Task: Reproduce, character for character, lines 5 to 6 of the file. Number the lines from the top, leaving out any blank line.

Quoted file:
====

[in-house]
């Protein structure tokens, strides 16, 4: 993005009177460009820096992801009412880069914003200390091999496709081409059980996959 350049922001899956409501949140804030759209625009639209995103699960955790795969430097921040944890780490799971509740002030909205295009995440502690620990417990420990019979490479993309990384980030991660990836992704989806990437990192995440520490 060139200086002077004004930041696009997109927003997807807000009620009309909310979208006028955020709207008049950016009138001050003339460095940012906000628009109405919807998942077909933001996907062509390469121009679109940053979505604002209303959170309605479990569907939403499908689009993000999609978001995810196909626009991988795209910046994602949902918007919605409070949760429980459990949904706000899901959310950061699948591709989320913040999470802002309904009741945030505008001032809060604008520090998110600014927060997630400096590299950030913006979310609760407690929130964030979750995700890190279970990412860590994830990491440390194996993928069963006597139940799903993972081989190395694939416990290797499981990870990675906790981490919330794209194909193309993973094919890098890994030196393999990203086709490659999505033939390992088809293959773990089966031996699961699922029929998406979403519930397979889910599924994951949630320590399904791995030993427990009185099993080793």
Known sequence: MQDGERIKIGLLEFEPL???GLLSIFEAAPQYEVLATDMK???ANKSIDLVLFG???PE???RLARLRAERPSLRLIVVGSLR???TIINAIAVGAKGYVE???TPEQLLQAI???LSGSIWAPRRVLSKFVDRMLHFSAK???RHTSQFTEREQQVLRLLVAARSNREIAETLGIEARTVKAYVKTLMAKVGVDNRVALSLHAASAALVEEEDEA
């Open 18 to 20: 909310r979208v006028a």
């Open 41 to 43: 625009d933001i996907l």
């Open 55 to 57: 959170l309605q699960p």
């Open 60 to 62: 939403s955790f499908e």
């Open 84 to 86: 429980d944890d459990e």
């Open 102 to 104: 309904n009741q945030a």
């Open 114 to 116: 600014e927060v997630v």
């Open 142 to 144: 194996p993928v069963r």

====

């Open 41 to 43: 625009d933001i996907l």
């Open 55 to 57: 959170l309605q699960p």